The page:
By Samuel Johnson and AnnMarie Thomas
Making play-dough creatures is fun, but making
them with light-up eyes and moving parts is even
more enjoyable. We thought it would be better still if
we could make the circuitry out of the dough itself!
Most play dough is already conductive, but we
needed a way to insulate the conductive dough. We
came up with a sugar-based dough that works well
as an insulator. It’s pliable and resistant to blending
with the conductive dough.
Rainy day and fidgety kids? Whip up both types of
dough, gather some LEDs and batteries, and create
your own menagerie of squishy circuit creations.
Add a motor or two for sculptures with moving parts.
Feeling adventurous? Play with the salt content of
the recipes to vary their conductivity.
1. Make the conductive dough.
Reserve ½c flour, and mix the remaining ingredients
in a medium-sized pot. Cook over medium heat,
stirring continuously. The mixture will begin to boil
and get chunky. Keep stirring until a ball forms in the
center of the pot. Once a ball forms, turn off the heat
and remove the dough to a lightly floured surface.
CAUTION: The dough will be very hot!
Flatten it and let it cool for a couple of minutes
Slowly knead the remaining flour into the ball until
you’ve reached the desired consistency.
Store dough in an airtight container or plastic
bag. In the bag, water from the dough will create
condensation. This is normal. Just knead the dough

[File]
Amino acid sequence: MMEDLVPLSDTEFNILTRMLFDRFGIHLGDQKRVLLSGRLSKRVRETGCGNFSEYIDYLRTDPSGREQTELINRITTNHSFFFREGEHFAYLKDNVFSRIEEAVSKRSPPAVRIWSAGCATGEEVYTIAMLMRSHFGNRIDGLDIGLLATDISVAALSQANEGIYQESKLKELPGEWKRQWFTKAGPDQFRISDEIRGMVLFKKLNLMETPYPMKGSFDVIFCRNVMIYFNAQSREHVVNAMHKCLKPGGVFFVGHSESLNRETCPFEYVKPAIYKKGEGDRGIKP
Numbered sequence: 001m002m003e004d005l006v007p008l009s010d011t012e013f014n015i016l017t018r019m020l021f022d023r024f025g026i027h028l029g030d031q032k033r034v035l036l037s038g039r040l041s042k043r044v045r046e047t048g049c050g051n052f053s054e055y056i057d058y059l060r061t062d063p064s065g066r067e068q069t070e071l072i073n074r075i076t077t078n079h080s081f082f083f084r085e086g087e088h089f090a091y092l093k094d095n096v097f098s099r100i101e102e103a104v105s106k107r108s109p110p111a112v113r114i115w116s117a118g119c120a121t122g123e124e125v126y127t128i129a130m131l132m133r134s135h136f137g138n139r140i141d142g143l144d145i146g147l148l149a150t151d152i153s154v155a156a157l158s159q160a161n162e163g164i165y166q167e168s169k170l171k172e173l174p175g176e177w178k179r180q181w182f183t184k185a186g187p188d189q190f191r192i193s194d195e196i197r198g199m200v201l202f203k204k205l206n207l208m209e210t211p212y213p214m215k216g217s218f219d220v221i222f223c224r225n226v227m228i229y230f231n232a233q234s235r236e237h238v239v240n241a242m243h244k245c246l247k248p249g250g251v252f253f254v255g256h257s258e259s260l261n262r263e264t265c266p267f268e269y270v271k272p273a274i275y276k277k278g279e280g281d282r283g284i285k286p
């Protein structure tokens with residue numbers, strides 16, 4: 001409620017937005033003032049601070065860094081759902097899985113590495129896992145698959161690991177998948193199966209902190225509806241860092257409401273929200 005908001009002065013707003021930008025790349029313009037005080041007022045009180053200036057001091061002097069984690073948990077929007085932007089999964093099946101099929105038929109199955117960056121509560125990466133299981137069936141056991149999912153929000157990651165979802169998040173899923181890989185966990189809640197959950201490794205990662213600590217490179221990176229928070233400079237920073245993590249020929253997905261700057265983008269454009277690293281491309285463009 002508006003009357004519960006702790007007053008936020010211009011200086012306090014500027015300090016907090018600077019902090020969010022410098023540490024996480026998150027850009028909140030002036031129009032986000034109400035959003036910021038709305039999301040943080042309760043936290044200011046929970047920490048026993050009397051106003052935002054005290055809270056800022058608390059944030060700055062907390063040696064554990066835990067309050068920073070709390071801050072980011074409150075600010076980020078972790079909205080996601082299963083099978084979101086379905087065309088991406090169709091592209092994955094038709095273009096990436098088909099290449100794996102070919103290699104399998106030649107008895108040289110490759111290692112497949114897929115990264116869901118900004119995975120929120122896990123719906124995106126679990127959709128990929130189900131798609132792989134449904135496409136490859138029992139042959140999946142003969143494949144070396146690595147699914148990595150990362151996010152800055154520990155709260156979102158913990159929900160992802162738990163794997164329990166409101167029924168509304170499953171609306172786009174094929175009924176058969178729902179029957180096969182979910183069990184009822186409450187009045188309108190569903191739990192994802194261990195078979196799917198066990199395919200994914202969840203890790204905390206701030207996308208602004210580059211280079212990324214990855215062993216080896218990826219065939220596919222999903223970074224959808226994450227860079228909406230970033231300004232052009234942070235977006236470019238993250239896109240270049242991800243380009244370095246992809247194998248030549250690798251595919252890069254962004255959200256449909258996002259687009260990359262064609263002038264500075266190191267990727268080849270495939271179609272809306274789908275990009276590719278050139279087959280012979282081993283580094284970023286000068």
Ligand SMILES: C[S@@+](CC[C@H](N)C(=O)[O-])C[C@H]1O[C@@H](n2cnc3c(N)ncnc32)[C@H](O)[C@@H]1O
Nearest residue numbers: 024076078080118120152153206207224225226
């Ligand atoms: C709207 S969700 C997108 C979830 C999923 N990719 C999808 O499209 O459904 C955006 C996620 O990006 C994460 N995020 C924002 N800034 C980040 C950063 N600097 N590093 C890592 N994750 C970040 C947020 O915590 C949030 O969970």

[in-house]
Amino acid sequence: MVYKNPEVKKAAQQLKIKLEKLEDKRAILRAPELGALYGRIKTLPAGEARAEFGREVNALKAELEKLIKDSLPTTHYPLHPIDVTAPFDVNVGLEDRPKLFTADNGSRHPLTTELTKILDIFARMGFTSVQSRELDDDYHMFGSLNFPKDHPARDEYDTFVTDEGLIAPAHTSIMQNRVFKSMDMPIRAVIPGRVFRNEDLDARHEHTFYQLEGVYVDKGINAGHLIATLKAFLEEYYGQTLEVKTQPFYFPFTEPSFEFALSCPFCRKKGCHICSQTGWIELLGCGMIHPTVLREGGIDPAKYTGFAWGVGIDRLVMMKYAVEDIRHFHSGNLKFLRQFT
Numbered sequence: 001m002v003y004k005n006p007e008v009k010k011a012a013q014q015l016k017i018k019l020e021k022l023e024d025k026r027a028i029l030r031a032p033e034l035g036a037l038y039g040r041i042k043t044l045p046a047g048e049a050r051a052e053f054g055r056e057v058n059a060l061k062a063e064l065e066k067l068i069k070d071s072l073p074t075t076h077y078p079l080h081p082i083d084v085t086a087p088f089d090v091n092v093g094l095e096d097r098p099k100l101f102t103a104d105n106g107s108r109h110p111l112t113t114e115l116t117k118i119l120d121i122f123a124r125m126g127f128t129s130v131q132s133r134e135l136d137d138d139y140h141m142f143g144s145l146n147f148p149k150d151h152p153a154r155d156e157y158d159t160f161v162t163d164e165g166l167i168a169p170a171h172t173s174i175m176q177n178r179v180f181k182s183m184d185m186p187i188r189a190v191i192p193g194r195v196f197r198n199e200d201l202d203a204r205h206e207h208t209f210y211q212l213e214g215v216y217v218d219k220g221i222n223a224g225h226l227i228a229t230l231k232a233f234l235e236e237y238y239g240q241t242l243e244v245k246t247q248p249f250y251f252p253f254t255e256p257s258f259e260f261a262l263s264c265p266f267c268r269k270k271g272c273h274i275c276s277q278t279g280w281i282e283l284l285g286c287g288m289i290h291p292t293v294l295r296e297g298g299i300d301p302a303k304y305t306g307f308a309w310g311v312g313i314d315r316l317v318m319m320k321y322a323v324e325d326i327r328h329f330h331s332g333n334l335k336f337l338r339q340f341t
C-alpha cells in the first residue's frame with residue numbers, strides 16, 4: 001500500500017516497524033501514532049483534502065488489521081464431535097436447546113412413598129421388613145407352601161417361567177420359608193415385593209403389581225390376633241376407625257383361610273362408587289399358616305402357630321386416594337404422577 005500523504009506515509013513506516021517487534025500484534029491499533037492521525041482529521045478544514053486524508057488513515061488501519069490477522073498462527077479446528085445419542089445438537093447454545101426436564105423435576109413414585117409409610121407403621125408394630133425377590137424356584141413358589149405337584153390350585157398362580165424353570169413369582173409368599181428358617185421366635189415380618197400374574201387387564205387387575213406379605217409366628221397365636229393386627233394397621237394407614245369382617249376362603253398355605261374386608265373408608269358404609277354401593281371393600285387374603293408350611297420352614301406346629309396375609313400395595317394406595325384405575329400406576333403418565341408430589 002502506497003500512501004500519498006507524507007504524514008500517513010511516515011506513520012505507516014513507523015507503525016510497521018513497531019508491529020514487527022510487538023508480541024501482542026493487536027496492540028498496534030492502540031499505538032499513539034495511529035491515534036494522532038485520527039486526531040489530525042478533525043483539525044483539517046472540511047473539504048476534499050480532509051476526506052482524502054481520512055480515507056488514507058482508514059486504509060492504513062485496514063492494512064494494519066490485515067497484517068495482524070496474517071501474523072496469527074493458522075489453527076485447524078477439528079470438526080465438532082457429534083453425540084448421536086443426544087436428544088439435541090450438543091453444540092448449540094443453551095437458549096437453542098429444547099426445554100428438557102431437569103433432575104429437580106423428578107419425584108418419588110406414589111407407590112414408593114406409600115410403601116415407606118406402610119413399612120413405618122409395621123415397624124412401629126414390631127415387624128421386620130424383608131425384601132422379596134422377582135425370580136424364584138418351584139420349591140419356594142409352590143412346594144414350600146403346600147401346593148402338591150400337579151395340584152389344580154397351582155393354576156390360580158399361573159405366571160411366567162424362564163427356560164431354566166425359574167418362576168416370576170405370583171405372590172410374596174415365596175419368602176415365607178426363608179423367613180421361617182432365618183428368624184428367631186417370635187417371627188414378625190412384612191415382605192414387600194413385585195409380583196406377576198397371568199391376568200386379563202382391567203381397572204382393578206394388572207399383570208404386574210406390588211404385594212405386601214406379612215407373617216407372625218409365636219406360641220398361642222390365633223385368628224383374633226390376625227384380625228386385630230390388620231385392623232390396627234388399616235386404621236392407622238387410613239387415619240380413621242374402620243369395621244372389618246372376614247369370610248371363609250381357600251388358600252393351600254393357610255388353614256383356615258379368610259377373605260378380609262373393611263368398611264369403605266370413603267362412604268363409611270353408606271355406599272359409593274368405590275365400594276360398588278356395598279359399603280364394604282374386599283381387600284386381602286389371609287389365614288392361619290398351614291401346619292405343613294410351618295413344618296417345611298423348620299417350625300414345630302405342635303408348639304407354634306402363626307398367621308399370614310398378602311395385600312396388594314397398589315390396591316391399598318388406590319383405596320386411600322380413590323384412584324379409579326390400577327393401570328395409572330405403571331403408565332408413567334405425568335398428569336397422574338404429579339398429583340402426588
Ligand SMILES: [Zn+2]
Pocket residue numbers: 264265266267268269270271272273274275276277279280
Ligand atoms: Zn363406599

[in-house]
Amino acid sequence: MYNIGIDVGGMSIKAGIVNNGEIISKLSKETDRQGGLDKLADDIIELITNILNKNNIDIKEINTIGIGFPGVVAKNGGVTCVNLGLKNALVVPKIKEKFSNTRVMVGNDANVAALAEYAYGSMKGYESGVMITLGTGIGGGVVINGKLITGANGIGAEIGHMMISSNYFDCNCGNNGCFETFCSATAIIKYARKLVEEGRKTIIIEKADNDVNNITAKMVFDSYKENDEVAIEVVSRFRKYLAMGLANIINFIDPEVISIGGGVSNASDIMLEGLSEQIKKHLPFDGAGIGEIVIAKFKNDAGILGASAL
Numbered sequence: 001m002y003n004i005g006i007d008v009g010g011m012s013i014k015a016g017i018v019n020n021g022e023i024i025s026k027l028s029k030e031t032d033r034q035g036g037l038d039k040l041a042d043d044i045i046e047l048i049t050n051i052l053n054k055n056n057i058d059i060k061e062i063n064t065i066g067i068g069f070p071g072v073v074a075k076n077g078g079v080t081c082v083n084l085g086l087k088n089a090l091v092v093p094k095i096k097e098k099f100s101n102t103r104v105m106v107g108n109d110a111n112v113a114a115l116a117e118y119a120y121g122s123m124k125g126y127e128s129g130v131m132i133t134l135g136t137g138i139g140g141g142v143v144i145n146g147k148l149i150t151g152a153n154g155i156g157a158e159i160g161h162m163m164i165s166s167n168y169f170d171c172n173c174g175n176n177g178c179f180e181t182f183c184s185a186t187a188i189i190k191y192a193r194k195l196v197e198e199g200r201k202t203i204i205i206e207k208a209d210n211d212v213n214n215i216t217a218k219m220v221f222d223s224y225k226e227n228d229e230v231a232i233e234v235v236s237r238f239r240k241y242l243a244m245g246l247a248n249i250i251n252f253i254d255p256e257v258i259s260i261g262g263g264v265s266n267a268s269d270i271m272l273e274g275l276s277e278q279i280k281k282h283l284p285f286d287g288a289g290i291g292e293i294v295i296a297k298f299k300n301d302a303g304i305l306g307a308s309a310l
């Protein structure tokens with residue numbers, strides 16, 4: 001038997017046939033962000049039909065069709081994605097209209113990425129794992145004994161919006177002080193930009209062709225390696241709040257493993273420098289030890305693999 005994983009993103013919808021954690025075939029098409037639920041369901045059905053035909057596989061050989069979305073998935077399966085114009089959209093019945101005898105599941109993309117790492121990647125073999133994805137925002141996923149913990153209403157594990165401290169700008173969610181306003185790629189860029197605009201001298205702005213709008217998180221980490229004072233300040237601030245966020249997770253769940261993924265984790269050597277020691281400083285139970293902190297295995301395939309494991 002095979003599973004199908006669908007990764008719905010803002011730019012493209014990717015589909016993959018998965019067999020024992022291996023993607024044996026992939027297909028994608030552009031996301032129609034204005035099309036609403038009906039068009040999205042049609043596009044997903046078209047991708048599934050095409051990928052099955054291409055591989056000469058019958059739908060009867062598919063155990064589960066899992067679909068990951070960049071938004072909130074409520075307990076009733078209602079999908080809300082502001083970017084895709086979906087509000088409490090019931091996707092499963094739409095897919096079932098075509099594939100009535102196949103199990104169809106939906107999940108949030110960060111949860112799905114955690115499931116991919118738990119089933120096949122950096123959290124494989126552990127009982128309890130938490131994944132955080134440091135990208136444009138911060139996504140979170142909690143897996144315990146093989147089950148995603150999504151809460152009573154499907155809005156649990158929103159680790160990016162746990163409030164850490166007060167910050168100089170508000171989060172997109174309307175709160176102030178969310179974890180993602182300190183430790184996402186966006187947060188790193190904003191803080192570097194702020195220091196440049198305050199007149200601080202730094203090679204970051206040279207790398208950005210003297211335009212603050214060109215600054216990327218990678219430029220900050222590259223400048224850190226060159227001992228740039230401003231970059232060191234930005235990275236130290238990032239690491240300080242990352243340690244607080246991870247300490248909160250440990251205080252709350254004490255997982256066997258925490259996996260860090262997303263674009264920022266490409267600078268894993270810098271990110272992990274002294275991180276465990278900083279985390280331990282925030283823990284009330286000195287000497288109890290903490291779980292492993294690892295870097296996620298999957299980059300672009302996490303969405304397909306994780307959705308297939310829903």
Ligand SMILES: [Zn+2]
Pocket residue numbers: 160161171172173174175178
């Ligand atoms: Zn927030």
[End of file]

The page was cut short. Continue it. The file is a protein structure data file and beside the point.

after removing it from the bag, and it will be as good
as new. Stored properly, it should keep for several
weeks. If it dries out, just add a little more deionized
water and knead it with some flour.
2. Make the insulating dough.
Mix the dry ingredients and oil in a pot or large bowl.
Mix in 1Tbsp of deionized water and knead; repeat
until the mixture becomes moist and dough-like.
Remove the mixture from the pot or bowl, and
slowly knead flour into it until it attains a firm consistency. You should use almost the entire ½c of flour.
NOTE: You probably won’t need more than ¼c of
deionized water, but have ½c ready just in case.
78 Make: Volume
YOU WILL NEED
For conductive dough:
3Tbsp cream of tartar
1Tbsp vegetable oil
Food coloring (optional)
For insulating dough:
3Tbsp vegetable oil
1tsp granulated alum
½c distilled or deionized water (check lab
4 AA batteries in a battery holder
Low-current DC motors
Samuel Johnson is from Blaine, Minn., and is an engineering
student at the University of St. Thomas. AnnMarie Thomas is
an engineering professor at the same university, and co-director
of the Center for Pre-Collegiate Engineering Education.
Illustration by Julian Honoré/ p4rse.com; photograph by Samuel Johnson
3. Make squishy circuits.
Insert the 2 leads from the battery pack into 2
pieces of conductive dough, separated by a lump of
insulating dough (we recommend using food coloring to differentiate the doughs).
Insert an LED so its anode (long lead) is in the
positive battery lump, and its cathode (short lead)
is in the negative battery lump. It will light up!